An article in Bloomberg BusinessWeek from two months ago, "How the Euro Virus Travels," still resonates today. According to the article, President Obama blamed the low number of jobs created in May (a disappointing 69,000) on Europe.
“A lot of that’s attributable to Europe and the cloud that’s coming over from the Atlantic,” he told the crowd. “The whole world economy has been weakened by it, and it’s having an impact on us.”
The job numbers were better this month, even though the unemployment rate rose ever-so-slightly to 8.3%. One may suppose that the policies of the Obama administration may have also contributed to the economy's lackluster performance, but perhaps the President's point is worth exploring in greater detail.
The article explains the a loss in exports from the United States to Europe is not one of the main causes of our economic slowdown. As Tom Porcelli,Capital Markets chief US economist, points out:
Europe’s troubles may hit U.S. exports in a more roundabout way. Emerging markets such as Brazil, Mexico, and China have accounted for the bulk of U.S. export growth over the last few years. Since the recession began in 2007, exports to Brazil have increased by more than 70 percent. Emerging market countries get the majority of their lending from European banks. So if Europe continues to deteriorate and its financial system tightens, some emerging markets could lose a key source of financing, which in turn could squeeze their ability to keep buying U.S. goods. “That’s a very important aspect that can’t be overlooked,” says Porcelli.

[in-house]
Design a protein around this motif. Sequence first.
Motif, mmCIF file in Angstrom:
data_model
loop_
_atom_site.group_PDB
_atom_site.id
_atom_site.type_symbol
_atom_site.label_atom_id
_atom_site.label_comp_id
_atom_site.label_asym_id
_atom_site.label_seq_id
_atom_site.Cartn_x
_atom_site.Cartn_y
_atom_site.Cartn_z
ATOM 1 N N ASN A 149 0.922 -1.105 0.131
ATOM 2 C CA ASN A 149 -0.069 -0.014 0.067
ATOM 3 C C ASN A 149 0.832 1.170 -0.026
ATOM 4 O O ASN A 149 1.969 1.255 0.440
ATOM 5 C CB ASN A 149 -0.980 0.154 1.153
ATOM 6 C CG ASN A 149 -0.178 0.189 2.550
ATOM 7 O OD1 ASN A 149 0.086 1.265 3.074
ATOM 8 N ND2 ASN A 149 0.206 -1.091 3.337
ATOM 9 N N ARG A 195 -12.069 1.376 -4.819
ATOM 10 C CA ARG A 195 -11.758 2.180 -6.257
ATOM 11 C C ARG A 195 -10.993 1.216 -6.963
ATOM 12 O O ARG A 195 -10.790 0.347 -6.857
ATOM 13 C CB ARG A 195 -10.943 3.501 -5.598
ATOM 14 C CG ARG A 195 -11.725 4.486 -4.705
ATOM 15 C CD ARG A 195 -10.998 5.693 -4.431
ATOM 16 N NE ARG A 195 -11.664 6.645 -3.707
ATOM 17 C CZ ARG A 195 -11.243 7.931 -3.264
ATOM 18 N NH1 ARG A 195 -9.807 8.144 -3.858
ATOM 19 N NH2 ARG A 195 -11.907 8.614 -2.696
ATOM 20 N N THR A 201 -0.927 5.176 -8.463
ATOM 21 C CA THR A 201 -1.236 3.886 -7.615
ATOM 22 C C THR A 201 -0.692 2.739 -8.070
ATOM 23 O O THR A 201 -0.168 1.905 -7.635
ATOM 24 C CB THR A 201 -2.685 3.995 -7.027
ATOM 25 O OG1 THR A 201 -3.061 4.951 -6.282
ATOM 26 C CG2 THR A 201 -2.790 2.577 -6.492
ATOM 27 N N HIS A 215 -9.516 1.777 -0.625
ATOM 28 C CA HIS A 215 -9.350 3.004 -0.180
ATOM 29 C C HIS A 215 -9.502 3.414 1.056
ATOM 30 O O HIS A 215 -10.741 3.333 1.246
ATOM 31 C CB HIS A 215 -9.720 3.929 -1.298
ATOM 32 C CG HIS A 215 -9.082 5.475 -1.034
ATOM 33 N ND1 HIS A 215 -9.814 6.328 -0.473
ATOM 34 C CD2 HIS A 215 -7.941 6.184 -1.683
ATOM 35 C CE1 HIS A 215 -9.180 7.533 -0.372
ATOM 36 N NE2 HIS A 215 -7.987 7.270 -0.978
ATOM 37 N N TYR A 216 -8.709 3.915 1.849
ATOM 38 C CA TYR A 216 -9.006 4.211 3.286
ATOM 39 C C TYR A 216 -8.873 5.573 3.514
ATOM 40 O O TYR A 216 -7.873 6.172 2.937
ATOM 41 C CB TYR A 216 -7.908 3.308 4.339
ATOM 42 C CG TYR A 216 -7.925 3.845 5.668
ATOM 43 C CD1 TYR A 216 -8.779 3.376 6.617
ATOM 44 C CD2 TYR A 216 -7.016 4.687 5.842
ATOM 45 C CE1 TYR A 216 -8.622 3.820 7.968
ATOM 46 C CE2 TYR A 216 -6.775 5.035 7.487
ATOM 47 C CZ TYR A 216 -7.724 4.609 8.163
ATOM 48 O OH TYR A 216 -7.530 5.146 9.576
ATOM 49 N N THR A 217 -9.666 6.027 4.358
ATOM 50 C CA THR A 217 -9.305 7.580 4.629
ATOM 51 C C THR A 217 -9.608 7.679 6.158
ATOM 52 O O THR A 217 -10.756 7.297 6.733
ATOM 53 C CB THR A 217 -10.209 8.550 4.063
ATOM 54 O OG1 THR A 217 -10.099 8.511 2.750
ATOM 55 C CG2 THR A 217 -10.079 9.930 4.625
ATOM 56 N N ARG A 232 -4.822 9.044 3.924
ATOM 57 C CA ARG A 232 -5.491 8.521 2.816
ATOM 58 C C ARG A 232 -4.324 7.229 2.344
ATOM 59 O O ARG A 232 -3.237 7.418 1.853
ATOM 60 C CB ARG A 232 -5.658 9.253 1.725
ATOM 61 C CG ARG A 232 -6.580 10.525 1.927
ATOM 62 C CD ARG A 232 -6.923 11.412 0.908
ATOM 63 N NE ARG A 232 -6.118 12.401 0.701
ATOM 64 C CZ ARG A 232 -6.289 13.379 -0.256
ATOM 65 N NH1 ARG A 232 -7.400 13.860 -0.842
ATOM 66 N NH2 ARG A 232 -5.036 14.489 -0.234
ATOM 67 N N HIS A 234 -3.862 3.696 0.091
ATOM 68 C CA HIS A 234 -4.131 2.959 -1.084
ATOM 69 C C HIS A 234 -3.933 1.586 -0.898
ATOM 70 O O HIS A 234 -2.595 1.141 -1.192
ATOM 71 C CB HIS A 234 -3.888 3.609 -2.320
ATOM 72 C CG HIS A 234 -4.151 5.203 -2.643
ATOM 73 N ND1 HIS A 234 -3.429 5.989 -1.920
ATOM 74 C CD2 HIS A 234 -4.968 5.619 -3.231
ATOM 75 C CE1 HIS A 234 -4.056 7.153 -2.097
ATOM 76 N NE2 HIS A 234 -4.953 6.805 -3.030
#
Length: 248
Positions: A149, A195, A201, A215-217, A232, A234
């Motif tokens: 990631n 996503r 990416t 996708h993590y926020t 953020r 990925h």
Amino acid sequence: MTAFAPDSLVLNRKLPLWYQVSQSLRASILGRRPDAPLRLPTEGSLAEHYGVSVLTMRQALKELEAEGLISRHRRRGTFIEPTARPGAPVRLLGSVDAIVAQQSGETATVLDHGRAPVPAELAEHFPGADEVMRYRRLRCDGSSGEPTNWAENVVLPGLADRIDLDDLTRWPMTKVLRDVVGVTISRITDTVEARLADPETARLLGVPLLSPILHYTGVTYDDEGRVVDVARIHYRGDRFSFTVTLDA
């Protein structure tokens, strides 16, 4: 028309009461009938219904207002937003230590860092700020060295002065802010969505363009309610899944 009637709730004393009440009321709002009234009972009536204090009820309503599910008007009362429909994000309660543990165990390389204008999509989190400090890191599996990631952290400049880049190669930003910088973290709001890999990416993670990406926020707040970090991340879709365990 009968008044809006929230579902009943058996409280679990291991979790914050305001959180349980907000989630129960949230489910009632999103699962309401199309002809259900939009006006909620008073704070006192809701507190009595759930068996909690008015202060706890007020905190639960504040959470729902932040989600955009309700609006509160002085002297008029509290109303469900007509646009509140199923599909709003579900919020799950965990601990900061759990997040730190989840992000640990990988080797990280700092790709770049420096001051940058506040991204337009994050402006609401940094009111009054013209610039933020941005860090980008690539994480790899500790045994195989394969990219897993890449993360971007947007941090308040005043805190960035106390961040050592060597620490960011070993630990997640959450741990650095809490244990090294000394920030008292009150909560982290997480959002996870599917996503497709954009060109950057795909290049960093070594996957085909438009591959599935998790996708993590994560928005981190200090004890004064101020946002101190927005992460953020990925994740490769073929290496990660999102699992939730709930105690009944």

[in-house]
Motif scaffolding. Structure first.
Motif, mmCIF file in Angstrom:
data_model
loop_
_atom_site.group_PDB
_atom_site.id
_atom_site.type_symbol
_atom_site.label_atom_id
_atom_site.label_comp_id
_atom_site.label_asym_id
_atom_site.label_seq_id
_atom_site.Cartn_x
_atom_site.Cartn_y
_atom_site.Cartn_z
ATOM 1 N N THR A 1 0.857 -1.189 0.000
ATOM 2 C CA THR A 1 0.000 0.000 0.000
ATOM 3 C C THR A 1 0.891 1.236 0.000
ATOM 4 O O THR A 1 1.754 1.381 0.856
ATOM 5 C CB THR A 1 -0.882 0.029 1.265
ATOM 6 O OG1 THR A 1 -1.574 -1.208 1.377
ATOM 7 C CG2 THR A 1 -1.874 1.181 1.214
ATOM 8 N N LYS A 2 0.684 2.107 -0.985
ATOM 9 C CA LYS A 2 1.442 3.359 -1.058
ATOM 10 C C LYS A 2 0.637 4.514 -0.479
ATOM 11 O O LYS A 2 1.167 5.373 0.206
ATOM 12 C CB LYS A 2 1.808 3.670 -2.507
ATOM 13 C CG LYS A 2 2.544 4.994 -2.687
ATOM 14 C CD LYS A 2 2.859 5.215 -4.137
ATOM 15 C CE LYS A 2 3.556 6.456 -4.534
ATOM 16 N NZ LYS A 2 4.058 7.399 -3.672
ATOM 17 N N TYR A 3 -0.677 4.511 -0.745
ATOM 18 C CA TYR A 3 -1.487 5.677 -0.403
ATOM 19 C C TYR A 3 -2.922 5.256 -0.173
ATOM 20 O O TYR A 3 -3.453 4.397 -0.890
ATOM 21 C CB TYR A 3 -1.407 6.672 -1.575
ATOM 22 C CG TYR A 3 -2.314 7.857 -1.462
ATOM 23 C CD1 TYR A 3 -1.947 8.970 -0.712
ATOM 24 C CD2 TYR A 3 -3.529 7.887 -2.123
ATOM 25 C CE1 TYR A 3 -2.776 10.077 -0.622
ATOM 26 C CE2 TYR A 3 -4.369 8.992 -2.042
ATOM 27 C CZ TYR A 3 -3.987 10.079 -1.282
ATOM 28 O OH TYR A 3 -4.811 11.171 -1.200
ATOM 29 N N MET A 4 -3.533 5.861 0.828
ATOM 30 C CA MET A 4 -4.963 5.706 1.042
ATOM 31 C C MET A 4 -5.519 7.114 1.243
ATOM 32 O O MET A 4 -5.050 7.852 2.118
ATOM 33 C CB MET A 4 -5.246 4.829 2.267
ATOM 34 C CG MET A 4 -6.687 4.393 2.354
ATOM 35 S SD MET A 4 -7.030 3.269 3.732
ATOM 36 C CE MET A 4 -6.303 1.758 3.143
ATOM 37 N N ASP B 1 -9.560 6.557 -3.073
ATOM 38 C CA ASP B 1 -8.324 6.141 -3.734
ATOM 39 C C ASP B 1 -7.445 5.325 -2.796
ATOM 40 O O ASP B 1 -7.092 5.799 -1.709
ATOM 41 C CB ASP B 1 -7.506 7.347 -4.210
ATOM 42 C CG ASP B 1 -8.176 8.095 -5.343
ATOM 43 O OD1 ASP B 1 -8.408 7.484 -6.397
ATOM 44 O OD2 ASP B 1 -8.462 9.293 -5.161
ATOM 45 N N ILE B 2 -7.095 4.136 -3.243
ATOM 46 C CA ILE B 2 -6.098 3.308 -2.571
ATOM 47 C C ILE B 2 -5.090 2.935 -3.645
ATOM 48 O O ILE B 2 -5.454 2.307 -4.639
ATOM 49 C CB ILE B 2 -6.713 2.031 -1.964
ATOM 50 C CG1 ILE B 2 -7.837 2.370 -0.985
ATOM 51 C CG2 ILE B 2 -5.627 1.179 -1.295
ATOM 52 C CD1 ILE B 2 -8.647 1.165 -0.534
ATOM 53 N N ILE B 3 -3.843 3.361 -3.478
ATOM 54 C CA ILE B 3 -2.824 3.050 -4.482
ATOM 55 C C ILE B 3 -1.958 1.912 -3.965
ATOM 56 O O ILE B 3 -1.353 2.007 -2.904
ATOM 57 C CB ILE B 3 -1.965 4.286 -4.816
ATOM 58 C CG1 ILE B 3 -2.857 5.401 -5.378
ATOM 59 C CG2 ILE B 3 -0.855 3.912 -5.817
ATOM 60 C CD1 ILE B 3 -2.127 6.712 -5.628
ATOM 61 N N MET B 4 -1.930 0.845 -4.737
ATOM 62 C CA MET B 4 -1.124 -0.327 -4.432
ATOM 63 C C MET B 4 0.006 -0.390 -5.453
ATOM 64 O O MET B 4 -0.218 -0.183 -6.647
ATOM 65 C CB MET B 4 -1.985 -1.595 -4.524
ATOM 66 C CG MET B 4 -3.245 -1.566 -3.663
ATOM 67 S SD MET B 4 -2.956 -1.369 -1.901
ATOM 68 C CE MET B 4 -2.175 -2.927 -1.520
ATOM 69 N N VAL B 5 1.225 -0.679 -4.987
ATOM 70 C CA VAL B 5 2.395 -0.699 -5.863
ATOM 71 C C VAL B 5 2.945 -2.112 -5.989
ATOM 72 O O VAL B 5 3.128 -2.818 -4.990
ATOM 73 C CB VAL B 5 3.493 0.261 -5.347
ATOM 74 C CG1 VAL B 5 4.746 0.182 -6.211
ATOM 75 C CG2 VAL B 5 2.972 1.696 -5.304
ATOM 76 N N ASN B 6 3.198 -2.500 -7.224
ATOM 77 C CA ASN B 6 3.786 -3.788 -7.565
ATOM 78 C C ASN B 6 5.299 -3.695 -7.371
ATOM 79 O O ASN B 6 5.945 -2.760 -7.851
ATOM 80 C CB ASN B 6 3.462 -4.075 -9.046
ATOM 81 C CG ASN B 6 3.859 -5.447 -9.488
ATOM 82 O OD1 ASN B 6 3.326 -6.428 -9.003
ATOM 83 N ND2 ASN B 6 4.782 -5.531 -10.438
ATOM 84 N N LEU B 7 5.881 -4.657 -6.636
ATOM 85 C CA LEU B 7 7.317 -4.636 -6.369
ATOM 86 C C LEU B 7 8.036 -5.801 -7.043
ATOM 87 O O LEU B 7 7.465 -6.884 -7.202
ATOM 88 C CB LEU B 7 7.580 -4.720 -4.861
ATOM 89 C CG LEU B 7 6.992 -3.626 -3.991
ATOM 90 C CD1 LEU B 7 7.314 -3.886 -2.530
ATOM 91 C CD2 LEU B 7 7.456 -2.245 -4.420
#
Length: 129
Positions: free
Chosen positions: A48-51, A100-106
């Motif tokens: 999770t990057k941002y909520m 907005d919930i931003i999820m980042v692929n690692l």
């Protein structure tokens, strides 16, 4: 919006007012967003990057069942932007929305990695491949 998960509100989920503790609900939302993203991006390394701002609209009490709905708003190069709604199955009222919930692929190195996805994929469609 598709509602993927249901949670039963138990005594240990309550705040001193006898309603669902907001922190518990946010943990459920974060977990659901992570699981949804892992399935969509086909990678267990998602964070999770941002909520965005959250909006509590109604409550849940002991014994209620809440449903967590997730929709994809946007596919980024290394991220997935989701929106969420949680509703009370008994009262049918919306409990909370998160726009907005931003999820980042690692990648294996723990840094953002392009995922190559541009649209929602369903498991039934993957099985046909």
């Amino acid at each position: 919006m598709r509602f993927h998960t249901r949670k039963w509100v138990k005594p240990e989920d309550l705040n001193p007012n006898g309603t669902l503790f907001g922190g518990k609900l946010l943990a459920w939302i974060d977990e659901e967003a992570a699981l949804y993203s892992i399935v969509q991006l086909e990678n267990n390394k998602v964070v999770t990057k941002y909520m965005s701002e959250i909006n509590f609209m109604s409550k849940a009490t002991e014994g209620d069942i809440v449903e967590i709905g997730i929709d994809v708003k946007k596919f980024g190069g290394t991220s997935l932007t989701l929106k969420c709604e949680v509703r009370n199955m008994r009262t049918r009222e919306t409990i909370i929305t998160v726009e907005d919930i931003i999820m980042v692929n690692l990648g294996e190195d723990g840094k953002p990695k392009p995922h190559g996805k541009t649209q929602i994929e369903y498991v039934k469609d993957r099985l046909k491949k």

Here's another aspect that can't be overlooked:
...a new study from the Federal Reserve Bank of San Francisco found that Europe’s woes have increased the borrowing costs for U.S. corporations through a phenomenon known as the contagion coefficient, essentially a measure of correlation. From 2009 to 2011, every percentage point increase in the amount that European corporations were charged to borrow money translated into a 0.68 percentage point rise in the rate U.S. corporations paid, meaning that about two-thirds of the rise in European corporate borrowing costs were passed on to U.S. companies.
This article has a wealth of information. The link for it is: http://www.businessweek.com/articles/2012-06-07/how-europes-contagion-may-hit-the-u-dot-s-dot-economy.
Given the above scenario, what steps should be taken to avert another crippling recession?